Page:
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Tackling Access to Antenatal Care through Situation Rooms: Tanzania Sustains Maternal Health Gains under Local Council Leadership

Authors: Masanja S. Lumaneja, Jenny Mwanza, Stella Mujaya and Jenifer Chapman (bios at the bottom of the blog)

Today, the world celebrates International Women’s Day 2024, coming together under the theme ‘Invest in women: Accelerate progress.’ The day is an opportunity to spread awareness on the challenges women face and reflect on ways to achieve full gender equality.

Improving female health outcomes is a key part of this wider struggle, as women’s unique healthcare needs are often overlooked, minimized, and underfunded. Maternal health demands even greater efforts, as tens of thousands of women die annually during and following pregnancy and childbirth, mostly from preventable causes.[1]

One cost effective method of improving pregnancy outcomes and reducing neonatal mortality rates is early antenatal care (ANC), also known as prenatal care.[2] The World Health Organization (WHO) recommends eight ANC visits with a trained healthcare provider, stressing the importance of initiating ANC as early as possible in pregnancy.[3]

In Tanzania, just 62% of pregnant women complete four ANC visits, and the infant mortality rate is 238 per 100,000 live births (compared with 21 in the United States and around 6 in the European Union).[4]

In response, as part of the Tanzanian Health Sector Strategic Plan V 2021-2026 (HSSP), the government introduced a goal to improve the proportion of pregnant women attending their first ANC visit before 12 gestational weeks from 27% to 60% by 2026.

To achieve this goal, the government of Tanzania sought to implement a set of healthcare quality improvement measures customized to the local context. However, at the time, decision makers at the local level—Council Health Management Teams (CHMTs)—faced two significant impediments: although they were charged with ensuring that facility-based healthcare workers were prepared to provide ANC services, they had limited access to maternal health data; and ANC coverage had proven to be a consistently stubborn indicator to improve in the years prior to 2021.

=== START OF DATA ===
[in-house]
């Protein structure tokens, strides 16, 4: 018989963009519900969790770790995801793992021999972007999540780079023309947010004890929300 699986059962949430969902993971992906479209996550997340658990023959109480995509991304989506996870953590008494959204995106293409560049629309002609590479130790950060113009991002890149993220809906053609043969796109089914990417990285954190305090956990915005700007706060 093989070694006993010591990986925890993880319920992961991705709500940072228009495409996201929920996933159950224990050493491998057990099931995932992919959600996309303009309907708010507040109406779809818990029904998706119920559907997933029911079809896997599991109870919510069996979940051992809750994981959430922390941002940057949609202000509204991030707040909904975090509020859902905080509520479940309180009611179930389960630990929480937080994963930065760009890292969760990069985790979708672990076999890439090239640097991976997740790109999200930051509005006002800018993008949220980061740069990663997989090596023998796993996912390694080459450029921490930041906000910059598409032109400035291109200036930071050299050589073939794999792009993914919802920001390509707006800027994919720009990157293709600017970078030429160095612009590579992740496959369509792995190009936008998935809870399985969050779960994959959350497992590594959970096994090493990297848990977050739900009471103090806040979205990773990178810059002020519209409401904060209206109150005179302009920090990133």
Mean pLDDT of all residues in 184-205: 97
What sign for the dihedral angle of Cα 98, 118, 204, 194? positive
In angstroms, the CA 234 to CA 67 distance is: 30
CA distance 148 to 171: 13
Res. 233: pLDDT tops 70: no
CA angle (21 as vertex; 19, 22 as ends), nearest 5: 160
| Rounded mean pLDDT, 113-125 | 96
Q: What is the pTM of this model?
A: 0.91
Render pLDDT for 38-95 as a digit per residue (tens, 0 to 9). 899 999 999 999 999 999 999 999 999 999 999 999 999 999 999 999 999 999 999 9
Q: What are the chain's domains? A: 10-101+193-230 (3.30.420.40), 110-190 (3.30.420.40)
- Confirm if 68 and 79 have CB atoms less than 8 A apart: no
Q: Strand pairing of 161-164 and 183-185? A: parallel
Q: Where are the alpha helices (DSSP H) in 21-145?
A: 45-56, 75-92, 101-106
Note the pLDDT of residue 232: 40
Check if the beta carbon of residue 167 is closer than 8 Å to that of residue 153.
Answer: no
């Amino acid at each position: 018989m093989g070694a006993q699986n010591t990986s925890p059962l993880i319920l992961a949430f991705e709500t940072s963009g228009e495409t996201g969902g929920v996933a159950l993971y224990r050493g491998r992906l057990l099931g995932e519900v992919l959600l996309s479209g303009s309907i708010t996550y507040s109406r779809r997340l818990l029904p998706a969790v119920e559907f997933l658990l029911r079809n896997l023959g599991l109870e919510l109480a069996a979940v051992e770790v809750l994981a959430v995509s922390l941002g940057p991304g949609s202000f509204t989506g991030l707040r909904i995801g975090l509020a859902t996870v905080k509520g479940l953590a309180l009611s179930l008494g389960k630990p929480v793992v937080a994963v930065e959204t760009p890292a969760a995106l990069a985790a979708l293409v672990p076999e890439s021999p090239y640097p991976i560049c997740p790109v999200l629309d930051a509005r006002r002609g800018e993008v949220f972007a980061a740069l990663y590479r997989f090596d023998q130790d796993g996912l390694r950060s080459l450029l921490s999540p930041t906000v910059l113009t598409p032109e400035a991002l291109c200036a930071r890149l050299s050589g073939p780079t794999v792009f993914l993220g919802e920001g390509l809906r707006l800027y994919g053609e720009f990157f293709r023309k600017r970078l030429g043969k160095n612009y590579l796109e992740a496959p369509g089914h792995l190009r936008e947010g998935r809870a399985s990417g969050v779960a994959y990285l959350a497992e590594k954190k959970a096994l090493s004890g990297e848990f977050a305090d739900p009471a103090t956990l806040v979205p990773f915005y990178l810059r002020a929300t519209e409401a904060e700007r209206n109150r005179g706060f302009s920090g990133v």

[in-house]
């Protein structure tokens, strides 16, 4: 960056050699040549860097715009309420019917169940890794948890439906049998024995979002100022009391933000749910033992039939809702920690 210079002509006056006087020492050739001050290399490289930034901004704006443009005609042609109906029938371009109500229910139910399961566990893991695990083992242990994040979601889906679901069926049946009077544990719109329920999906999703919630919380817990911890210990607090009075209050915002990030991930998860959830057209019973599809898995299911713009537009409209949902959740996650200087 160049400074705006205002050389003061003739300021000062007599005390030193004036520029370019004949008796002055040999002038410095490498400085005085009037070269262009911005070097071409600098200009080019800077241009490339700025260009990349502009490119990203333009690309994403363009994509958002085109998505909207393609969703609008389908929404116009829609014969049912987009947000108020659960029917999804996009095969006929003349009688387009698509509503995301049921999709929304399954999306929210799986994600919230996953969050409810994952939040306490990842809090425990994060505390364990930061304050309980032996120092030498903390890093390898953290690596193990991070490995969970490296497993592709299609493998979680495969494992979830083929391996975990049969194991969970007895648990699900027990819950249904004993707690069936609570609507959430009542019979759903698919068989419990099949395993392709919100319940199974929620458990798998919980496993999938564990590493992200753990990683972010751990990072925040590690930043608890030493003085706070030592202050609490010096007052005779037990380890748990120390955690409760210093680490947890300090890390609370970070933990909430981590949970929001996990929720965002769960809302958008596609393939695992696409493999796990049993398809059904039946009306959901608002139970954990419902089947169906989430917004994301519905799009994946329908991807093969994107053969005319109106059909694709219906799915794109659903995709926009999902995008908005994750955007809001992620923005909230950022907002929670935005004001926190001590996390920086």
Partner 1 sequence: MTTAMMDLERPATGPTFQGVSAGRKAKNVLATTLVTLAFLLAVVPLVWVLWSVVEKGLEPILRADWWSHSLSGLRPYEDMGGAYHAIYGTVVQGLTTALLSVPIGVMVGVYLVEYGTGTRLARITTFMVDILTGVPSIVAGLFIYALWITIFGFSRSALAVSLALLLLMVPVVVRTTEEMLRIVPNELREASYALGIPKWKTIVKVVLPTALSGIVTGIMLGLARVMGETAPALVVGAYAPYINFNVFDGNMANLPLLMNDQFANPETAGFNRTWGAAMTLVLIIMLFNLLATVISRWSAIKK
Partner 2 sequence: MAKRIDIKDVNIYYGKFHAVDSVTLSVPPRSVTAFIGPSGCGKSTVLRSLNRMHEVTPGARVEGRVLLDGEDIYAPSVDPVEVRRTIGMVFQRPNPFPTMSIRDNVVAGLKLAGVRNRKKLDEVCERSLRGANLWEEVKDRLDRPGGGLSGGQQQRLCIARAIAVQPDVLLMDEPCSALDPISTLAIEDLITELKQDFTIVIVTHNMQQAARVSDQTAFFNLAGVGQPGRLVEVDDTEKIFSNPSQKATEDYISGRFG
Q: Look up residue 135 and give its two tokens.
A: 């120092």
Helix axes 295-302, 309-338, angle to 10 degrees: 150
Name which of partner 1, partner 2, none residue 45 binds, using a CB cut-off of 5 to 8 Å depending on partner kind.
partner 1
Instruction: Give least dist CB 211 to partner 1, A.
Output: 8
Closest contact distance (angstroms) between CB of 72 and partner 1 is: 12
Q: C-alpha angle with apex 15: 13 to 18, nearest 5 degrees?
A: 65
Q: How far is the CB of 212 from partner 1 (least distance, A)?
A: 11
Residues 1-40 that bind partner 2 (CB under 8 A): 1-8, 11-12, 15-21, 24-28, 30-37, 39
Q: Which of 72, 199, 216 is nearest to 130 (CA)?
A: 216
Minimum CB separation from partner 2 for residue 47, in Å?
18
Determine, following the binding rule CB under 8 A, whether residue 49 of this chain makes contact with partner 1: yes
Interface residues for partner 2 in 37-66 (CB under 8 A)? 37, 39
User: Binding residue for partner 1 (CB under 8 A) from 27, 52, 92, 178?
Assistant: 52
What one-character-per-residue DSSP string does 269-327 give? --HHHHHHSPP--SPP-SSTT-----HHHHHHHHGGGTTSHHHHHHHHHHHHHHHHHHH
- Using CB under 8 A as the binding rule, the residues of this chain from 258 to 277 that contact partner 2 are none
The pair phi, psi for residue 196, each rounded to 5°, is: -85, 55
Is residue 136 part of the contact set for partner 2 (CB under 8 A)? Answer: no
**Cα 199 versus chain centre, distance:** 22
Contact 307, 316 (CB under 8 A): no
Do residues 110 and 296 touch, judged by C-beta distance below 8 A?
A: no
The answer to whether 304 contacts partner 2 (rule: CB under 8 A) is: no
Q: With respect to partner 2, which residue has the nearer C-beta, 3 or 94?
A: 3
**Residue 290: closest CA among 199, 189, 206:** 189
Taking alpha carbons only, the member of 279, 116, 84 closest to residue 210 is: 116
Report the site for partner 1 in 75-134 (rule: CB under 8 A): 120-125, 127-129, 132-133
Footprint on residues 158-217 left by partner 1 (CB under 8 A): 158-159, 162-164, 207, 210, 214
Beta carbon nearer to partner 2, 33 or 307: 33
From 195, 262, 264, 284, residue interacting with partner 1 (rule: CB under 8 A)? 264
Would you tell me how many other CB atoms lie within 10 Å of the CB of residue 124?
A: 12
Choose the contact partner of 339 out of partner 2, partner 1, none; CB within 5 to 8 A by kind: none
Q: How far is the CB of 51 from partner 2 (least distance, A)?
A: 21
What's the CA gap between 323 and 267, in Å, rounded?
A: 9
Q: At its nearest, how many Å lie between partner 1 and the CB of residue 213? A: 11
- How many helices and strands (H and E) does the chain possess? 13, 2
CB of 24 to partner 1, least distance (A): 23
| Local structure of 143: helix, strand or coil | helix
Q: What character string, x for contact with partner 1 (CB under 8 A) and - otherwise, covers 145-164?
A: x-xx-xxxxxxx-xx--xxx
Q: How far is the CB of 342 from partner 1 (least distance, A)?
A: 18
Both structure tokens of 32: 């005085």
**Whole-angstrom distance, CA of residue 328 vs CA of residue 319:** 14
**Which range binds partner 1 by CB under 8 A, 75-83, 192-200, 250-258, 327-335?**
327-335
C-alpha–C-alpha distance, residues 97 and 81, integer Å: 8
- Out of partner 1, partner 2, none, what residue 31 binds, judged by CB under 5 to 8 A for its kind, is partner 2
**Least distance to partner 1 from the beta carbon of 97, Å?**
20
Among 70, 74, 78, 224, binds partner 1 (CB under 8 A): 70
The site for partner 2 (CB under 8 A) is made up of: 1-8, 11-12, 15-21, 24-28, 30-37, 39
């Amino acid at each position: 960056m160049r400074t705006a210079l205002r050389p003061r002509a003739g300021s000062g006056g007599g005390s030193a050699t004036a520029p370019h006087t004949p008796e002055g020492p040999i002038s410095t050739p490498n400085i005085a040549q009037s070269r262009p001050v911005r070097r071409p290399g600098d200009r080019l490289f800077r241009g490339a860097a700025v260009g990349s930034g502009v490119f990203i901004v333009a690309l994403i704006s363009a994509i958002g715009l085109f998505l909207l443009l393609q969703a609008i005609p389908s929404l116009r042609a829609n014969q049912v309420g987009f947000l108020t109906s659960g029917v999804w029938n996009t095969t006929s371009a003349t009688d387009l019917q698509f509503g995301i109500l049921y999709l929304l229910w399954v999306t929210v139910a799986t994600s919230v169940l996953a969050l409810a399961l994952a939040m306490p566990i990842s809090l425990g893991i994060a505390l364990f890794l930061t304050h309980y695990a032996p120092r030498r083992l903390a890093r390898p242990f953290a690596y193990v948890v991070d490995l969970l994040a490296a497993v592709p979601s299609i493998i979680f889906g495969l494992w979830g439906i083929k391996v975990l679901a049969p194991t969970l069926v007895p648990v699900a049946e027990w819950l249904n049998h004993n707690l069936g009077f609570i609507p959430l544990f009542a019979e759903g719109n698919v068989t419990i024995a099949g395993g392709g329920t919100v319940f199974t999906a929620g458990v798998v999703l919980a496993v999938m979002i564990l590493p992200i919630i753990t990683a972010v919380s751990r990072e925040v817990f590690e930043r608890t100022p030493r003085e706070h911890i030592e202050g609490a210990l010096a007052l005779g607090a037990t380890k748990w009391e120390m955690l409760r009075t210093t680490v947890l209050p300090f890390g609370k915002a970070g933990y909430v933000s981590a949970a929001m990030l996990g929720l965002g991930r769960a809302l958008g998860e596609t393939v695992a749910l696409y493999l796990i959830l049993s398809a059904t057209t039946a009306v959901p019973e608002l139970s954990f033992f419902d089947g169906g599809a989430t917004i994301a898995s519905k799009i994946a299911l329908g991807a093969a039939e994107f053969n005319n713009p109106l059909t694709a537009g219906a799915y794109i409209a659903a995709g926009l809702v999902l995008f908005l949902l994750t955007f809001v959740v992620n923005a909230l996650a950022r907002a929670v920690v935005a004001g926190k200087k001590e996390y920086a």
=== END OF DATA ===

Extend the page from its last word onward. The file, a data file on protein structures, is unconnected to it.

With the launch of the five-year HSSP, the Tanzanian President’s Office, Regional Administration and Local Government (PO-RALG) requested support from the United States Agency for International Development (USAID) to strengthen CHMTs’ ability to analyse and use data to improve health outcomes.

Our approach

Data for Implementation (Data.FI), a global five-year project funded by USAID, supported the CHMTs to implement a “Data Use for Improvement” strategy in Dar Es Salaam and Dodoma regions. We worked with the government to establish Situation Rooms–technology-enabled physical spaces that follow a standardized approach for frequent, fast-paced data analysis and review.

During Situation Room meetings, key decision makers assess progress against key, prioritized indicators, identify inefficiencies in healthcare delivery, discuss reasons for under-performance, and agree on actions to course-correct service delivery to improve health outcomes. For maternal health, stakeholders prioritized addressing early booking of ANC visits (before 12 weeks’ gestation). They believed that women who could be linked to antenatal care quickly would be more likely to complete the recommended eight ANC visits and deliver in a health facility, thereby decreasing infant mortality.